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Ital Tek
Timeproof Kareem Ghezawi , April 25th, 2023 08:45

Alan Myson has come unstuck in time

It’s ironic that in order to create art you sometimes have to cut yourself off from the wellspring of inspiration that produces it. Out of all the methods of making music, the soundproof vacuum of the modern studio can most feel like a liminal space outside the jurisdiction of everyday reality. According to Ital Tek, the studio also messes with your perception of time, warping its apparent linearity and amplifying that sense of being in a bubble. To him and other producers, that temporary release from routine creates an ideal environment to weave meaning from life experiences that would otherwise go unexamined.

Weaving is a good metaphor for Ital Tek because there is something unquestionably textural about his music. There is a materiality in the way he layers textures like a swordsmith packing atoms as tight as they will go – or the way his guitars rip through tracks as if they were fabric. There is a density and dankness to his music, but also a glow that illuminates its dark corners – especially with the new record, Timeproof.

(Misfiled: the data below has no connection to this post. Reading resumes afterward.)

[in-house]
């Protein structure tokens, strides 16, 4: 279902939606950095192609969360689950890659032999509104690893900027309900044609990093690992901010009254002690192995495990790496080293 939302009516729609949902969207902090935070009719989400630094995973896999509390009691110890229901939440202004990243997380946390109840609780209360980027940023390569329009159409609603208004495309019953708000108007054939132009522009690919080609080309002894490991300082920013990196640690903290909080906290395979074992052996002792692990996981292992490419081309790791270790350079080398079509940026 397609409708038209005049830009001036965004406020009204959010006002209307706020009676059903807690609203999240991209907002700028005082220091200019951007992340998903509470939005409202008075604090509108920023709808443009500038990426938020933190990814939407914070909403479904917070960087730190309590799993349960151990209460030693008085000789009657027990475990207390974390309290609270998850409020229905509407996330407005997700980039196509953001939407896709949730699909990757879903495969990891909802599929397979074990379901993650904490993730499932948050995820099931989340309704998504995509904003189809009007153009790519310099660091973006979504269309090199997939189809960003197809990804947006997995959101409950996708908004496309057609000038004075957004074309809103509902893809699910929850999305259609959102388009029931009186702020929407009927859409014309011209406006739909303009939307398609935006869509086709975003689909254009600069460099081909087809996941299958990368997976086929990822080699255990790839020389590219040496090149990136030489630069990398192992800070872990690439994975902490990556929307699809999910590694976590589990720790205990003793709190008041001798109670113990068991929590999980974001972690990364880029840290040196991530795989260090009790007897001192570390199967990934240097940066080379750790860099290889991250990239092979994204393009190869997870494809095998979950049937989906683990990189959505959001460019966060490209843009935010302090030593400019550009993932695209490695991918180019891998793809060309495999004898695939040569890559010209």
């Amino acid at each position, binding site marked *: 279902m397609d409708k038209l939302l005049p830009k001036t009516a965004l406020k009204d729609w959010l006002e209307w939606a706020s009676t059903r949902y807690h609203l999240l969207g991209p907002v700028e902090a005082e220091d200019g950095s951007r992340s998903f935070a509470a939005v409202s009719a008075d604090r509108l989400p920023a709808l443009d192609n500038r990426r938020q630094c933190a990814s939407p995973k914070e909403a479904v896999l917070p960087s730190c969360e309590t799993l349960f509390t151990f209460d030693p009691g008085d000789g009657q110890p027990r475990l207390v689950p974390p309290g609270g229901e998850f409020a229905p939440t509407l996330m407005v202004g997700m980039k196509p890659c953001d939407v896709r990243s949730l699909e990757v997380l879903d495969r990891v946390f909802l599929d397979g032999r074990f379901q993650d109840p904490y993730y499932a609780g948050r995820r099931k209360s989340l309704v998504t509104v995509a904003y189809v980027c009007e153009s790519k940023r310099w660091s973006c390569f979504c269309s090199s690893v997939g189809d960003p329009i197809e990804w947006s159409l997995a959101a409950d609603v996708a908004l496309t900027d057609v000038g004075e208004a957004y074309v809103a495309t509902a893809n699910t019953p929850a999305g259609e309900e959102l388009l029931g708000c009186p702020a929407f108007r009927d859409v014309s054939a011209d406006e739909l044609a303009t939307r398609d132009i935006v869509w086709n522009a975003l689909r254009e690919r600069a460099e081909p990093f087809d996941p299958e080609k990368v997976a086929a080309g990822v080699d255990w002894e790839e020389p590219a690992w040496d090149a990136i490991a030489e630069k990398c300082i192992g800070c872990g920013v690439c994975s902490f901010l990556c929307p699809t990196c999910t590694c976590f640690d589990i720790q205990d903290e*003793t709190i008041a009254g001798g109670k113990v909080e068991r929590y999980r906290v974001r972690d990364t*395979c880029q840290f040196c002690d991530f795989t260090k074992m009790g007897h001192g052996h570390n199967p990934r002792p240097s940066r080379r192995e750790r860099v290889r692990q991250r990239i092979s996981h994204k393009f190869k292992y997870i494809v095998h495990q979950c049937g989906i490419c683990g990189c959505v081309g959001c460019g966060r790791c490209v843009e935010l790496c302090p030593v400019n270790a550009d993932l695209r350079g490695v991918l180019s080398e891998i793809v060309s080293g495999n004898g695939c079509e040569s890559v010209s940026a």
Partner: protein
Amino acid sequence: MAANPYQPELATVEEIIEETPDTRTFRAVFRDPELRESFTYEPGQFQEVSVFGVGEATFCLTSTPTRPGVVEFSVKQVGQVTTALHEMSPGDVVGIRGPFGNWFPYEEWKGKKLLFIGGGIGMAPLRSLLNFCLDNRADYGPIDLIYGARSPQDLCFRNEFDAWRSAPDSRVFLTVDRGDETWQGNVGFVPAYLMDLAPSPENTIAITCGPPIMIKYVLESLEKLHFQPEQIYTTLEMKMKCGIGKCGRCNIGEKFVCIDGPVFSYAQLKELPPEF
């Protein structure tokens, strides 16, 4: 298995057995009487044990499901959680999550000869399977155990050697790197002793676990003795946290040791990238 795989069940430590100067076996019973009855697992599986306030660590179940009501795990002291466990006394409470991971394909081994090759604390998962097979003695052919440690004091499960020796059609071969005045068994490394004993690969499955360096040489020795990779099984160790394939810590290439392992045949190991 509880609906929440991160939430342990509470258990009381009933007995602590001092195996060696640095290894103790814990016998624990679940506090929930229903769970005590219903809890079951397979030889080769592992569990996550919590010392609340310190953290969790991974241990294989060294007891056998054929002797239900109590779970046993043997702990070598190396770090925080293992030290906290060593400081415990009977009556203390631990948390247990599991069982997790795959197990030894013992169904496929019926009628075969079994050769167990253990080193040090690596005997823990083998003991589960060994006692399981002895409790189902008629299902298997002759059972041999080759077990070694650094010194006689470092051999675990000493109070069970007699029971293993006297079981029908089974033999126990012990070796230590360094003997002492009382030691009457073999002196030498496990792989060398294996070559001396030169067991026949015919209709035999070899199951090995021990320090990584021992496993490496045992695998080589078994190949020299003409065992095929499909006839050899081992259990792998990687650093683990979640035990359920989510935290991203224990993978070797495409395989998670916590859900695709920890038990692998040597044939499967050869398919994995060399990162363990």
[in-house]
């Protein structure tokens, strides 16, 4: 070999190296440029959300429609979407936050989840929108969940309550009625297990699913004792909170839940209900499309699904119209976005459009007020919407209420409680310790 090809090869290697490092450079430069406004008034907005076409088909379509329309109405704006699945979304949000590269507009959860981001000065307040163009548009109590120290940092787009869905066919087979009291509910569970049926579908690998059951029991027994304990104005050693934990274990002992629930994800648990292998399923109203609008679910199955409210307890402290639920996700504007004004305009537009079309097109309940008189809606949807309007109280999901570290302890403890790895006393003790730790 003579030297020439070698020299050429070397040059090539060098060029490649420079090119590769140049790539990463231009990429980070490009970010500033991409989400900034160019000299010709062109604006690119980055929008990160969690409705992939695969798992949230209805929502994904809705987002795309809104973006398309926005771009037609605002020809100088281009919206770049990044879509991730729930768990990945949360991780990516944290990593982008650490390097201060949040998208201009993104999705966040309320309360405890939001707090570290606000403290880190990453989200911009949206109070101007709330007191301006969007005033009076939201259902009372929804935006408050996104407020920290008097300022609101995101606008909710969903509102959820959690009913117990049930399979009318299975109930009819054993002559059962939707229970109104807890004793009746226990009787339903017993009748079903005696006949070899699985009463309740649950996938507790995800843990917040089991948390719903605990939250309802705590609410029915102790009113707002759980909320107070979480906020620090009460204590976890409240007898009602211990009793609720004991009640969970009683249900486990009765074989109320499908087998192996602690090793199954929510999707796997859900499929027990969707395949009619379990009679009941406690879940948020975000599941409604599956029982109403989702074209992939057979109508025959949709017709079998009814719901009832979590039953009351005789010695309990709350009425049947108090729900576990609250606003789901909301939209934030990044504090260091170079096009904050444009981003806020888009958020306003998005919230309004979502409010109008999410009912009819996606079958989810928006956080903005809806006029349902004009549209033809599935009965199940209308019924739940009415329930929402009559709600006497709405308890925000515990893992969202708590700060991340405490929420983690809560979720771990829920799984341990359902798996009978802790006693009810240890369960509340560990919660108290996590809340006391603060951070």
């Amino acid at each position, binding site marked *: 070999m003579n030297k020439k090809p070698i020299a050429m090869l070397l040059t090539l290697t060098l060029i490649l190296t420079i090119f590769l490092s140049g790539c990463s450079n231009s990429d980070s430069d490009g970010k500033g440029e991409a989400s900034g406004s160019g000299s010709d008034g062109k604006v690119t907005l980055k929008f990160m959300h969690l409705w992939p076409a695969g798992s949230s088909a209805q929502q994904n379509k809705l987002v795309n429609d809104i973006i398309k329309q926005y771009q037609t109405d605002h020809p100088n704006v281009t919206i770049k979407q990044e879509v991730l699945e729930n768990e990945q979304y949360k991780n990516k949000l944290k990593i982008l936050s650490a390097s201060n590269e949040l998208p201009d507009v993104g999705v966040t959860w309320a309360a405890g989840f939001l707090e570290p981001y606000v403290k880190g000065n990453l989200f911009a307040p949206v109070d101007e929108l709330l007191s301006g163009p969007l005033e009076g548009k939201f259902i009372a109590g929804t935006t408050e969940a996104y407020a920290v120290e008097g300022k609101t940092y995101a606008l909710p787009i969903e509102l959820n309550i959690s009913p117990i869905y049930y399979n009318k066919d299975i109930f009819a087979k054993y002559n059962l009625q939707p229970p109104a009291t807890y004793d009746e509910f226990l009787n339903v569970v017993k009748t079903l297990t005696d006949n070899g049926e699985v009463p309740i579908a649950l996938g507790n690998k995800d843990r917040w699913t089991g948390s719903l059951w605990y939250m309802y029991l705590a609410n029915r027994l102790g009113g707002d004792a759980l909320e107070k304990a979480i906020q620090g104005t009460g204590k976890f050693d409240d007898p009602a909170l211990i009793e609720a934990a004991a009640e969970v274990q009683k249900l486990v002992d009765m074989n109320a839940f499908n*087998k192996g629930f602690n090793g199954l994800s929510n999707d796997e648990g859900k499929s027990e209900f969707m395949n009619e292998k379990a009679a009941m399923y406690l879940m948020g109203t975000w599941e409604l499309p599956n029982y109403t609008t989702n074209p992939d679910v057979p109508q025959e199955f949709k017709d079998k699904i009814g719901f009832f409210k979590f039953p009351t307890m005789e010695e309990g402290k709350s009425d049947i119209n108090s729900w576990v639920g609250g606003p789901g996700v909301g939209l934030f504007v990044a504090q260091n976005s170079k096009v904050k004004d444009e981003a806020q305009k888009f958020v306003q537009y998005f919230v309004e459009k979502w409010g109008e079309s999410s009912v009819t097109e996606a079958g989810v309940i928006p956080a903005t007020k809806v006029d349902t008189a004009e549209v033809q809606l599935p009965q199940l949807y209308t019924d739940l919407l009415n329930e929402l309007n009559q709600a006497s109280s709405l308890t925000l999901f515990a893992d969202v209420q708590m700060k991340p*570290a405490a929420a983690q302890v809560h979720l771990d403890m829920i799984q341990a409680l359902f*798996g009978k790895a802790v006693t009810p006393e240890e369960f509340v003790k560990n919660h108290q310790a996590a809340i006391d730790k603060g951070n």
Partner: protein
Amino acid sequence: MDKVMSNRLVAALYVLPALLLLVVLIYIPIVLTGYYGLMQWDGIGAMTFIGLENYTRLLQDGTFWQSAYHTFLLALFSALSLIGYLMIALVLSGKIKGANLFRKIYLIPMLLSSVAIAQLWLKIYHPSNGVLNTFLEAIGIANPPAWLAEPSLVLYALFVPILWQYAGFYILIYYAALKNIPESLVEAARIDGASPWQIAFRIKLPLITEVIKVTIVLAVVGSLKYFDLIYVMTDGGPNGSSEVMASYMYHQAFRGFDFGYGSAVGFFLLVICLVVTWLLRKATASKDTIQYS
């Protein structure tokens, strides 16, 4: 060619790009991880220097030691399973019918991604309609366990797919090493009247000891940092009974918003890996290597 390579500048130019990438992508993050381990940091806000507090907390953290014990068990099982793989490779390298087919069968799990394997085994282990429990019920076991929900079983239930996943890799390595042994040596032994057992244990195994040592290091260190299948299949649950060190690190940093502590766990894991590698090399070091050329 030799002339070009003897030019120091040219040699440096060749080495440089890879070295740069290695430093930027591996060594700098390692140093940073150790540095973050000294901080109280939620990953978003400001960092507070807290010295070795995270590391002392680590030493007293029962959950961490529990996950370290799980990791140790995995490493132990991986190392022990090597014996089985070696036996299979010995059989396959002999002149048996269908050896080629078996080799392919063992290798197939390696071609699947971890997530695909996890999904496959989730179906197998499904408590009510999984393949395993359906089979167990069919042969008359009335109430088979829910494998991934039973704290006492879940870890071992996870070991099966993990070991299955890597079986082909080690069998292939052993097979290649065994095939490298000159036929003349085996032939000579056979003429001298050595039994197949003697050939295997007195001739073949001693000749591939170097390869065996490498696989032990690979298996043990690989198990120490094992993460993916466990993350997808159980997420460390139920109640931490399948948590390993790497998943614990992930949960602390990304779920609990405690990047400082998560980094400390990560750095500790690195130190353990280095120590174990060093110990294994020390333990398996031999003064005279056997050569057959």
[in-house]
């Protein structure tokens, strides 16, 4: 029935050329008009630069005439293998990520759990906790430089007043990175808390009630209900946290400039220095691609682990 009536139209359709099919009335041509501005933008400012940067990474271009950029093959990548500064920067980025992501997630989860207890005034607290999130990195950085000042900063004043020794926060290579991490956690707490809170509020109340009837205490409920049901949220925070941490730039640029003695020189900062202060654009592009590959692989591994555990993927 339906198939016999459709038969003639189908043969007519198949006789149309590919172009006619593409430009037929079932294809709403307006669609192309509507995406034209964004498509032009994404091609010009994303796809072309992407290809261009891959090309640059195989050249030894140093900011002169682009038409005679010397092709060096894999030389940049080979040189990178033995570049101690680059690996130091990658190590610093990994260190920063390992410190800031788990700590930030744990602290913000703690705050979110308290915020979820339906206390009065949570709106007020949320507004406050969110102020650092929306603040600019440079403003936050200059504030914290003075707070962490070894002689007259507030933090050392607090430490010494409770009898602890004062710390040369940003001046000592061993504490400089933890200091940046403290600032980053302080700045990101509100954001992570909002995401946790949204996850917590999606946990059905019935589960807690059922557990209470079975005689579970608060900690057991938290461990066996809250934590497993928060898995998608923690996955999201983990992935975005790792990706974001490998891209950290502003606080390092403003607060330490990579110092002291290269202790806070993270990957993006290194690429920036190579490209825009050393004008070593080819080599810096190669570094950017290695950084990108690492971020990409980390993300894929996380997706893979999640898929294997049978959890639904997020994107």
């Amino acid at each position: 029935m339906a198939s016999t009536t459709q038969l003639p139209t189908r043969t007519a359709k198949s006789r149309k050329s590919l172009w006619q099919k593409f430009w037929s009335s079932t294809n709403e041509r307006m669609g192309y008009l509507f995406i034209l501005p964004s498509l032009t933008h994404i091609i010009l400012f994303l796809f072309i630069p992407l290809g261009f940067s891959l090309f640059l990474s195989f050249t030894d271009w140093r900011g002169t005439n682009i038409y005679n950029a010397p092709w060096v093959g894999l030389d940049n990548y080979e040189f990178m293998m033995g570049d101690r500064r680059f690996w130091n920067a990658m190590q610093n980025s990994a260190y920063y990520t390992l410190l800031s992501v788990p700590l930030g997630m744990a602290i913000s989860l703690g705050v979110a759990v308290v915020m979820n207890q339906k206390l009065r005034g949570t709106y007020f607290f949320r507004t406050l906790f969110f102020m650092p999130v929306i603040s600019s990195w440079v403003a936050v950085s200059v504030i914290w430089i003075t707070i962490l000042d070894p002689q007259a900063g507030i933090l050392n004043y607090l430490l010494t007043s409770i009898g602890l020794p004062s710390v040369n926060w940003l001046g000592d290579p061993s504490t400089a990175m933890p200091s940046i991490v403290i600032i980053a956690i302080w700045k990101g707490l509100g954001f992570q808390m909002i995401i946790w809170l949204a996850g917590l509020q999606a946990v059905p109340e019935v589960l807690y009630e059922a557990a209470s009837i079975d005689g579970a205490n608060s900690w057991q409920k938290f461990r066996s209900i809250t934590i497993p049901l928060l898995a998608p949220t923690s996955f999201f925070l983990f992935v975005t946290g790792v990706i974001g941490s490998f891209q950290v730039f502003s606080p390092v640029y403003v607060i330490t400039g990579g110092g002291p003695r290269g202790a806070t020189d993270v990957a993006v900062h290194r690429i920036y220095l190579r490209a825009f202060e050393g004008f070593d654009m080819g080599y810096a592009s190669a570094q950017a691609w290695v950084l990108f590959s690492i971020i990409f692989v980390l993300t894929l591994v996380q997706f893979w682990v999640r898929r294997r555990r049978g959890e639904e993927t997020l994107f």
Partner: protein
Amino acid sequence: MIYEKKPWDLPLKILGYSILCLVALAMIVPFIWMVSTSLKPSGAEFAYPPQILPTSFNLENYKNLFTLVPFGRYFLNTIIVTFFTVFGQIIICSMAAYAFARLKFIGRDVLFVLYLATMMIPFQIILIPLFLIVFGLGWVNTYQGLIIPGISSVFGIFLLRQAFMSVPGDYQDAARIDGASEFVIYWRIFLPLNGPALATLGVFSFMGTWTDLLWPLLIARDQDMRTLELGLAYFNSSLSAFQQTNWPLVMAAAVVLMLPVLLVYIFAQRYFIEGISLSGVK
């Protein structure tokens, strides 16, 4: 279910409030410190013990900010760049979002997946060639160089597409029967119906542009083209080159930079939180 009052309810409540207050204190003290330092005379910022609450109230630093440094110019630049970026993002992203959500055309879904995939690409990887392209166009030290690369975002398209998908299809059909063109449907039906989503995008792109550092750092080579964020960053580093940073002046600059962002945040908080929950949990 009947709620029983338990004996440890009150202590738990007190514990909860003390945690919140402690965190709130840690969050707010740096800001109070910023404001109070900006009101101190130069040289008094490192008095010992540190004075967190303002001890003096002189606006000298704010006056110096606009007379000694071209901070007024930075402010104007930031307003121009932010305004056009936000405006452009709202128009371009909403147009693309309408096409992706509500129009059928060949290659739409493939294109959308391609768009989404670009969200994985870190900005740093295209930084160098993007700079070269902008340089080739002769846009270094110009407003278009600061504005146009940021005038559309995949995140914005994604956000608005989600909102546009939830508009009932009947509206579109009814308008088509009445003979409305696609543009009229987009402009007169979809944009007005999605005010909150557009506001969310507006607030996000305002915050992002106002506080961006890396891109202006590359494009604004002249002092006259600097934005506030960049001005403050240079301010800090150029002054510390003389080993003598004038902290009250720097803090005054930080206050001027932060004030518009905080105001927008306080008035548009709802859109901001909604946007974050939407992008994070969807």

As opposed to the cinematic impetus of Outland, there is a driving gutsiness to proceedings here. From the crackling static that opens ‘Phantom Pain’ to the grainy modulations of the final track ‘Timeproof’, there is an industrial angst that grinds onward. Throughout, Timeproof pulsates and heaves with an array of surges, pulses, and rumbles that dip, dart, cycle and shred.

Working harmoniously alongside those jagged frequencies, are chasmic spatial arrangements that evoke colossal movements of nature. The lapping melancholy of ‘Cold Motion’ feels like a pan out to restless high seas, while the ambient synths of ‘Heart String’ groan and churn like tired tectonic plates. The industrial and earthy vibes interact well, creating a sense of awe as well as dread.

Timeproof is structurally melodic and emotionally charged like most of Ital’s recent work, but also flecked with ghostly rhythms that dematerialise before realising their potential. In ‘The Mirror’ a breakthrough bassline stomps and shouts in unison with showstopping guitar loops that erupt as if suddenly released from a cage. Likewise, the bass and kicks that grumble and clatter two minutes into ‘Phantom Pain’ hint at a quiet yearning for the club sound system.

Despite the rise and fall of multiple scenes around him and their attempts to pull him into their gravitational orbit, Ital Tek has stayed true to his own shapeshifting star. His fifteen years at Planet Mu have been marked by a remarkable consistency in both the frequency and quality of his releases. In Timeproof there is an overarching feeling that he is on the way to finding a sweet spot between making music that moves the body as well as the mind.